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by Jay Kuehner

SIFF 2010: Like You Know It All

The Seattle International Film Festival is upon us again, that equally cherished and dreaded pre-summer ritual that entails queuing and going indoors just as the city is collectively preparing to spread its wings after another monochrome season of scarce daylight and, quite probably, enough drama already. Complain, however, that the fest is too long, and it will end all too soon. Moan that it’s too big, yet still lament the absence of your favorite director’s latest masterpiece (where oh where is Claire Denis’ White Material, or Eugene Green’s Portuguese Nun, or Joao Pedro Rodriguez’s To Die Like A Man?). As for the lines that still stretch down the alley behind the Egyptian theatre: haven’t we all waited longer for something far less tasty, like bad coffee for instance?

Cast your net wide at this audience-friendly (as opposed to industry-oriented) festival and something’s liable to turn up, perhaps something unexpected, just as in the fisherman Syracuse’s (Colin Farrel) catch in Neil Jordan’s improbable Irish fable Ondine; is she a mythic half-seal come to land to redeem the recovering alcoholic and his wheelchair-bound daughter? A Romanian drug runner fleeing a bust on open seas? Or, to take the whole enterprise at face value, is she a perfect narrative muse of a lingerie model who seductively chants Sigur Ros tunes to the ocean’s depths as Colin Farrel is consigned to channeling profound sympathy with his eyebrows alone? At the very least, the film boasts a smoldering, bruised palette in keeping with its nautical Irish milieu, lensed by the estimable Christopher Doyle who, it’s worth remembering, was once considered Wong Kar-Wai’s primary pair of eyes, and who delivered a master class in cinematography in typical rambling fashion at a past edition of SIFF. Has it really been that long?

Of course there is the wisdom that says it’s not the size of the catch but how you fish, an apt metaphor not only for festing but for filmmaking as well. Which is what makes Pedro Gonzalez-Rubio’s Alamar such an exemplary case; its protagonist is a beautiful Mayan fisherman in Mexico’s Banco Chinchorro reef who snares his fish by hand or spear, under the curious gaze of his tiny son Natan, born to an Italian mother and now thousands of miles away, surrounded by the vast sea, dwelling in a hut on stilts flanked by crocodiles and birds (one of which he proprietarily names ‘Blanquita’). Is this a fiction? A documentary? Or simply, as its director attests, just a “film” ? A genuine sleeper, graceful and direct.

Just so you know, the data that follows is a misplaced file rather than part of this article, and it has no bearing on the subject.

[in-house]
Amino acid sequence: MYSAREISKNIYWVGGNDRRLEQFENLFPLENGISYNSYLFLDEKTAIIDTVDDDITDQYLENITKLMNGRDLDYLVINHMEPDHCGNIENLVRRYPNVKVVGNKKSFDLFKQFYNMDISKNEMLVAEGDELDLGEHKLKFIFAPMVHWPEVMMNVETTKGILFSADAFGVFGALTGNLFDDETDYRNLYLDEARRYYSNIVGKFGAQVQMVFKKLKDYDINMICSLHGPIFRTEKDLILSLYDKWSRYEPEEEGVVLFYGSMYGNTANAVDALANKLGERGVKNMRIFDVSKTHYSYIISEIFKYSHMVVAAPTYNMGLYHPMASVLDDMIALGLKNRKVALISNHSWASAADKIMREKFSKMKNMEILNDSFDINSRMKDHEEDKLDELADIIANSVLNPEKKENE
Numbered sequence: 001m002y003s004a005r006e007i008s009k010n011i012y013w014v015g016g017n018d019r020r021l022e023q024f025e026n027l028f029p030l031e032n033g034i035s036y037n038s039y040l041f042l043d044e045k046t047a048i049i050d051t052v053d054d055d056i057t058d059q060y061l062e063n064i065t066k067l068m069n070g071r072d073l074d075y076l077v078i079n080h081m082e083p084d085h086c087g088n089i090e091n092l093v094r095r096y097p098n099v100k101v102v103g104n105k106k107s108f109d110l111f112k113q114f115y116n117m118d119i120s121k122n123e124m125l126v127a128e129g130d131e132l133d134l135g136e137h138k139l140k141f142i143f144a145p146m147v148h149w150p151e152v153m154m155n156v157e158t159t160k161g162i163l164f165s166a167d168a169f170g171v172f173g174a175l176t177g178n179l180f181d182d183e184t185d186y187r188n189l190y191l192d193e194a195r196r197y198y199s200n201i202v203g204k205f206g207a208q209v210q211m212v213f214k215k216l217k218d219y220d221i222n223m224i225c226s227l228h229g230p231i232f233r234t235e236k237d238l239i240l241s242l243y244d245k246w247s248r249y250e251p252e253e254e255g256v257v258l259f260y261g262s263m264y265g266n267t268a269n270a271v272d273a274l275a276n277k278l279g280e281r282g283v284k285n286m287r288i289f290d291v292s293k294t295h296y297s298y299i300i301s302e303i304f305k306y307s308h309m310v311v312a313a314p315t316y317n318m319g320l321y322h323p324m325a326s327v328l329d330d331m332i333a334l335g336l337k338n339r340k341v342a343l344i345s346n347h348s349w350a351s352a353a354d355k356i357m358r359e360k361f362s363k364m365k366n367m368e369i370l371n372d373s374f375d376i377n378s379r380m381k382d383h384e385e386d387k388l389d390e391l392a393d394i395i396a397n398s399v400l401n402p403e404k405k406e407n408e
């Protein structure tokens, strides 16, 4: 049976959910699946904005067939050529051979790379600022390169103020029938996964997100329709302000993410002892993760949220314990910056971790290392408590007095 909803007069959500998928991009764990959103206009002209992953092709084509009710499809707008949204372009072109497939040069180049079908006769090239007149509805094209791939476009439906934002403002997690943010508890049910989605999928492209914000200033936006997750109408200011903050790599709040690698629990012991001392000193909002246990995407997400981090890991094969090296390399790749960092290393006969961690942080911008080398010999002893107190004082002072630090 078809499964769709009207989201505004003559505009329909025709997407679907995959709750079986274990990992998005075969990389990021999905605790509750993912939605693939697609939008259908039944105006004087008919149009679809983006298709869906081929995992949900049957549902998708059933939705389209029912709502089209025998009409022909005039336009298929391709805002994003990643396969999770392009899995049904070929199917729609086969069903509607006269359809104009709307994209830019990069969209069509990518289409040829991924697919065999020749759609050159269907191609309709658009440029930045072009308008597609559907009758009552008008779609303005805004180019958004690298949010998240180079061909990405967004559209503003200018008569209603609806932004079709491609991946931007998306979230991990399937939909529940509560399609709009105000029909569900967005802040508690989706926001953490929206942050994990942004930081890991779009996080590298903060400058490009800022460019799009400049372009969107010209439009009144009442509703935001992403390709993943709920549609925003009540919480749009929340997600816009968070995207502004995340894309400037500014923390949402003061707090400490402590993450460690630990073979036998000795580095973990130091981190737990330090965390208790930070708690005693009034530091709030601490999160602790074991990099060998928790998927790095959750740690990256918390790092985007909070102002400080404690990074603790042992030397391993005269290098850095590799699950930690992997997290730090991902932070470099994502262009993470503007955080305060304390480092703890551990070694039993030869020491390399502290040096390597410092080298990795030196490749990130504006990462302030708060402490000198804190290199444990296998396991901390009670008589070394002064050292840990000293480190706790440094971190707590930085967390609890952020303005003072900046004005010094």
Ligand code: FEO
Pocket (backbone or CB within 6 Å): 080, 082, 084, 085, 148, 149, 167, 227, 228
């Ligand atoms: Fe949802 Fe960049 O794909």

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A Hole in the Heart of Man, Out At the Edge of the World: Some Remarks On the Cinema of Lisandro Alonso

[Published in conjunction with NWFF’s Hot Splice]

“Why is manhood… an endless highway?” – Adam Zagajewski, Tierra del Fuego

Liverpool
Liverpool

The NWFF is to be commended for presenting a rare coup: a cycle of films that taken together evince a dedicated and visionary artist at work, the Argentine director Lisandro Alonso. The devoted following that Alonso’s work to date has commanded owes mostly to the fact that his films are both rarefied in their aesthetic and scarcely screened to audiences beyond the festival circuit. In a career that is nascent yet already overwhelmingly singular in style, here is a director who is clearly hitting his stride. We are fortunate to have the opportunity of seeing Alonso’s four features, and it is truly an  honor to have the director in attendance.

When Alonso’s debut La Libertad premiered in 2001, seeming to come out of nowhere save for its own rural milieu, it was a bit of an enigma to cinephiles. Was the story, much of it unfolding in real time in an unnamed outback in the Pampas, involving the quotidien labor of a woodcutter named Misael, a piece of documentary or fiction? Was Misael playing himself? Did such labor exist? And crucially, was this for real? And who the fuck did the director think he was, offering very little in the way of narrative save for the swinging of an ax, the buying of cigarettes, a ride in a pick-up truck with dog and timber, and the ritual slaying of an armadillo for dinner?

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